Ovarian myxoma is a rare distinctive benign ovarian stromal neoplasm that occurs predominantly in young women and is hormonally inactive. Although typically classified as an ovarian stromal tumor, its exact pathogenesis remains uncertain. We report 4 cases of ovarian myxoma, 3 of which were associated with another type or other types of ovarian stromal tumor and 1 occurred as a pure myxoma. In 2 cases, the myxoma arose from a sclerosing stromal tumor, and the third, most likely arose from a luteinized theca cell tumor (LTCT). Myxoid transformation of the connective tissue of the parent neoplasm appears to be a precursor of ovarian myxoma in some instances. We believe that the occurrence of trisomy 12 or other genetic abnormalities may play a role in this transformation. Whether or not associated with another type of ovarian stromal tumor, ovarian myxoma can be suspected macroscopically by its cystic gelatinous appearance and sharp circumscription. The most important differential diagnosis is a low-grade sarcoma with myxomatous features. We believe that myxomas arising from different anatomic sites likely are genetically, histologically, and biologically distinct. For purposes of classification, they should be considered as separate tumor types.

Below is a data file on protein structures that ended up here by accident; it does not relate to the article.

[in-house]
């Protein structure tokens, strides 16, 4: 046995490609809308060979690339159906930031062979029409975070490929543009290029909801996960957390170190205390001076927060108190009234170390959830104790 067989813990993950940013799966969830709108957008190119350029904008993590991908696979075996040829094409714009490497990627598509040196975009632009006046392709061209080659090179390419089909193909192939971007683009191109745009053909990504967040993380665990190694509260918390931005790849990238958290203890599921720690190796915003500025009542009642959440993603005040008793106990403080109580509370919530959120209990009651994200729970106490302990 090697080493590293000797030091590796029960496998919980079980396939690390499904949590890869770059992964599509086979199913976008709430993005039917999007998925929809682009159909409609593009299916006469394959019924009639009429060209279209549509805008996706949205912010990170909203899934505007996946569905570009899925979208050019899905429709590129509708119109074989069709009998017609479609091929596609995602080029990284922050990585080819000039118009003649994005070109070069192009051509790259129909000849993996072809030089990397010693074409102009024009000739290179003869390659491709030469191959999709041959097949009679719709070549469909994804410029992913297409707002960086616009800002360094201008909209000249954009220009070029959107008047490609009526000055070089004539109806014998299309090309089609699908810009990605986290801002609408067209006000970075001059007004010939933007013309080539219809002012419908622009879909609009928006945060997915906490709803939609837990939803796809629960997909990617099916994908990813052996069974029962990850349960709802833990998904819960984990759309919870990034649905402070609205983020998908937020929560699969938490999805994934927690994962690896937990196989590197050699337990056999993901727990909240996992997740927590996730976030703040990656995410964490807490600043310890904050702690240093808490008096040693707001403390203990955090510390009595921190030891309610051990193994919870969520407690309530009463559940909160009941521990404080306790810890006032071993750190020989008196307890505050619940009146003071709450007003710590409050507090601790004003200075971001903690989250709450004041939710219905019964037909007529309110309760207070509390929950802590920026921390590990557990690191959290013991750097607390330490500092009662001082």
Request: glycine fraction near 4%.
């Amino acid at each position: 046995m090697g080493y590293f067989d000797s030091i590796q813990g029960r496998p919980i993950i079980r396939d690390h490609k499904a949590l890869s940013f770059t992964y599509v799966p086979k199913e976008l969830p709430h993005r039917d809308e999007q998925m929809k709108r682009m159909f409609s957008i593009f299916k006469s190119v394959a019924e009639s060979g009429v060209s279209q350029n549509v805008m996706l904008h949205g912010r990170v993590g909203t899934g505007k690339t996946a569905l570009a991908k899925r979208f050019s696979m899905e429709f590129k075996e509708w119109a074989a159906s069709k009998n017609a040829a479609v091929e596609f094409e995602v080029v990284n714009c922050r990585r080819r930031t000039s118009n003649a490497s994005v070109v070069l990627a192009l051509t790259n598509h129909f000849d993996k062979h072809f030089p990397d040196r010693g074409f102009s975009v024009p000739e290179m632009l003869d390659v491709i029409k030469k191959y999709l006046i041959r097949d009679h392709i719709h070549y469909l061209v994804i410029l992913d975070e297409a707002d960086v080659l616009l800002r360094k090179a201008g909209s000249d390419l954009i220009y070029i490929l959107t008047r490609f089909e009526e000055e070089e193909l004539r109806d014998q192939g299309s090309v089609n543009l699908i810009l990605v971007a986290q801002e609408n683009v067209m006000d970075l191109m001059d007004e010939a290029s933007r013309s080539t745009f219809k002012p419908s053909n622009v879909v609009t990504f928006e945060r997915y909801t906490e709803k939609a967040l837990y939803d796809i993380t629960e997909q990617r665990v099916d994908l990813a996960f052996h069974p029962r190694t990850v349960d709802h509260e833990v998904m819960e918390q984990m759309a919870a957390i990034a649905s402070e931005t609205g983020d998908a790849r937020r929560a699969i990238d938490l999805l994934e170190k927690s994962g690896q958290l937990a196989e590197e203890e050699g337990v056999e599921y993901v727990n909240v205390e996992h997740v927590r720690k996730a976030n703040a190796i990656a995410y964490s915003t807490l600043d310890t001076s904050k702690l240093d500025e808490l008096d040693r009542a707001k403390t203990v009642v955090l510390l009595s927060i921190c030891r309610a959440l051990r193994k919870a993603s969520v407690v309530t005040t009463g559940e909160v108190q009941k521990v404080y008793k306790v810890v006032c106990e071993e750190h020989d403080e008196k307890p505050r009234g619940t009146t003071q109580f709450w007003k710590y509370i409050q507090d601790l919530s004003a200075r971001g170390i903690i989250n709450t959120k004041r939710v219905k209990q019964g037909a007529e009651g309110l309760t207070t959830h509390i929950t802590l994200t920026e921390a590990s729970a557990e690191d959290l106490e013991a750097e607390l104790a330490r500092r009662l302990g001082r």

- Ovarian stromal tumor
ASJC Scopus subject areas
- Pathology and Forensic Medicine
- Obstetrics and Gynecology